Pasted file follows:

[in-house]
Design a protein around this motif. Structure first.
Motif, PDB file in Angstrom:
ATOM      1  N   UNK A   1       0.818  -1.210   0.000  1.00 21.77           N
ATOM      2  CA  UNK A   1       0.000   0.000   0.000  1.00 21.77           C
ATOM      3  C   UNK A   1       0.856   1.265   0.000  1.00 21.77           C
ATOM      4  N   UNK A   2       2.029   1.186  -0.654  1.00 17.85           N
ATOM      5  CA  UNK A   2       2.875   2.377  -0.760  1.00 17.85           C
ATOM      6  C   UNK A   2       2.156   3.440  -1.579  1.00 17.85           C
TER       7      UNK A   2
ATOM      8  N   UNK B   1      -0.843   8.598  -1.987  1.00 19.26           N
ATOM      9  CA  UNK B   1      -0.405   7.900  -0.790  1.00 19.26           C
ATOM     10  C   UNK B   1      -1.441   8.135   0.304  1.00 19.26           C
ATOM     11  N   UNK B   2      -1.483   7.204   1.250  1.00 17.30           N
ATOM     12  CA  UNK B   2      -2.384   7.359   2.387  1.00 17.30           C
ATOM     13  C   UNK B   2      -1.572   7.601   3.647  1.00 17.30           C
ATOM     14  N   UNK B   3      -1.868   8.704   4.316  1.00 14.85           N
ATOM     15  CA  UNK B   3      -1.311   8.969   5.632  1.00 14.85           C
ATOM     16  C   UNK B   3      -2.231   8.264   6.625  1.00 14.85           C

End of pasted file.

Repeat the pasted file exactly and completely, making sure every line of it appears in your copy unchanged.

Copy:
[in-house]
Design a protein around this motif. Structure first.
Motif, PDB file in Angstrom:
ATOM      1  N   UNK A   1       0.818  -1.210   0.000  1.00 21.77           N
ATOM      2  CA  UNK A   1       0.000   0.000   0.000  1.00 21.77           C
ATOM      3  C   UNK A   1       0.856   1.265   0.000  1.00 21.77           C
ATOM      4  N   UNK A   2       2.029   1.186  -0.654  1.00 17.85           N
ATOM      5  CA  UNK A   2       2.875   2.377  -0.760  1.00 17.85           C
ATOM      6  C   UNK A   2       2.156   3.440  -1.579  1.00 17.85           C
TER       7      UNK A   2
ATOM      8  N   UNK B   1      -0.843   8.598  -1.987  1.00 19.26           N
ATOM      9  CA  UNK B   1      -0.405   7.900  -0.790  1.00 19.26           C
ATOM     10  C   UNK B   1      -1.441   8.135   0.304  1.00 19.26           C
ATOM     11  N   UNK B   2      -1.483   7.204   1.250  1.00 17.30           N
ATOM     12  CA  UNK B   2      -2.384   7.359   2.387  1.00 17.30           C
ATOM     13  C   UNK B   2      -1.572   7.601   3.647  1.00 17.30           C
ATOM     14  N   UNK B   3      -1.868   8.704   4.316  1.00 14.85           N
ATOM     15  CA  UNK B   3      -1.311   8.969   5.632  1.00 14.85           C
ATOM     16  C   UNK B   3      -2.231   8.264   6.625  1.00 14.85           C